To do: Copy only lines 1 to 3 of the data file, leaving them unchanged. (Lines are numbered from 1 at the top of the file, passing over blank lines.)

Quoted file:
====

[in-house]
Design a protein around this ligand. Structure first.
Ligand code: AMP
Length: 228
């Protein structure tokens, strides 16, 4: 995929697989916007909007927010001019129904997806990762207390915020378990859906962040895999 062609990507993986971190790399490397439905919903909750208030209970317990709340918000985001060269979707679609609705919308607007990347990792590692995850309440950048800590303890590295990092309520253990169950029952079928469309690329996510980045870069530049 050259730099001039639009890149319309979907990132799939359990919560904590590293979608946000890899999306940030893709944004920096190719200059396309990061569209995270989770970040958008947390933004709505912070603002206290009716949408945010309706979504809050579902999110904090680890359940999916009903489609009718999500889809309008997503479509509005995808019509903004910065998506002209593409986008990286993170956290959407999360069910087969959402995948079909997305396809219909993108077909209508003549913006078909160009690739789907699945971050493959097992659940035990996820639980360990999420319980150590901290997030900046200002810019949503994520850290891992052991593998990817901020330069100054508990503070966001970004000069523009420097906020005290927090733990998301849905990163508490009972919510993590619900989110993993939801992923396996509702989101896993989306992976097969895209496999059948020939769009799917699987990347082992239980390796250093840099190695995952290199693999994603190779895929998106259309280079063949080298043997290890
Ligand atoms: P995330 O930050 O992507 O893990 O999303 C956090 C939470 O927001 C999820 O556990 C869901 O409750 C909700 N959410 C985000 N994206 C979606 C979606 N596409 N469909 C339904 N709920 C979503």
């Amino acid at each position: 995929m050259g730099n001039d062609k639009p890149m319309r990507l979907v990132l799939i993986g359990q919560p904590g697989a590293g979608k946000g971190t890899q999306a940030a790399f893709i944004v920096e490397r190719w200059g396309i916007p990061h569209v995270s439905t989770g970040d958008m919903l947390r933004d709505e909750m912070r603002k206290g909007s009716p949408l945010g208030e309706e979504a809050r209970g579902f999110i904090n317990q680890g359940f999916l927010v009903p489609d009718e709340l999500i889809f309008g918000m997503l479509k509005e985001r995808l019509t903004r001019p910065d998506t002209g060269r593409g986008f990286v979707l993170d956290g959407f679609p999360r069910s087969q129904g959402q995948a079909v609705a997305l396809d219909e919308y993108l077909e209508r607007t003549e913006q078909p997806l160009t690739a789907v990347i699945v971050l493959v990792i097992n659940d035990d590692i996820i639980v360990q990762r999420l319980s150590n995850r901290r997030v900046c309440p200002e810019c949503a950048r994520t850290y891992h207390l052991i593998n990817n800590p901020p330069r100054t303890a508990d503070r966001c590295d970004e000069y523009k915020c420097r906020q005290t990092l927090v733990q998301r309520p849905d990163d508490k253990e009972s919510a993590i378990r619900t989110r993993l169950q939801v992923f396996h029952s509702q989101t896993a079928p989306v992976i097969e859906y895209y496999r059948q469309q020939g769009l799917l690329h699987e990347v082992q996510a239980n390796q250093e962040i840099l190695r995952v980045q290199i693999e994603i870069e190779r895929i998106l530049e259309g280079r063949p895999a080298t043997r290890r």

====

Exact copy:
[in-house]
Design a protein around this ligand. Structure first.
Ligand code: AMP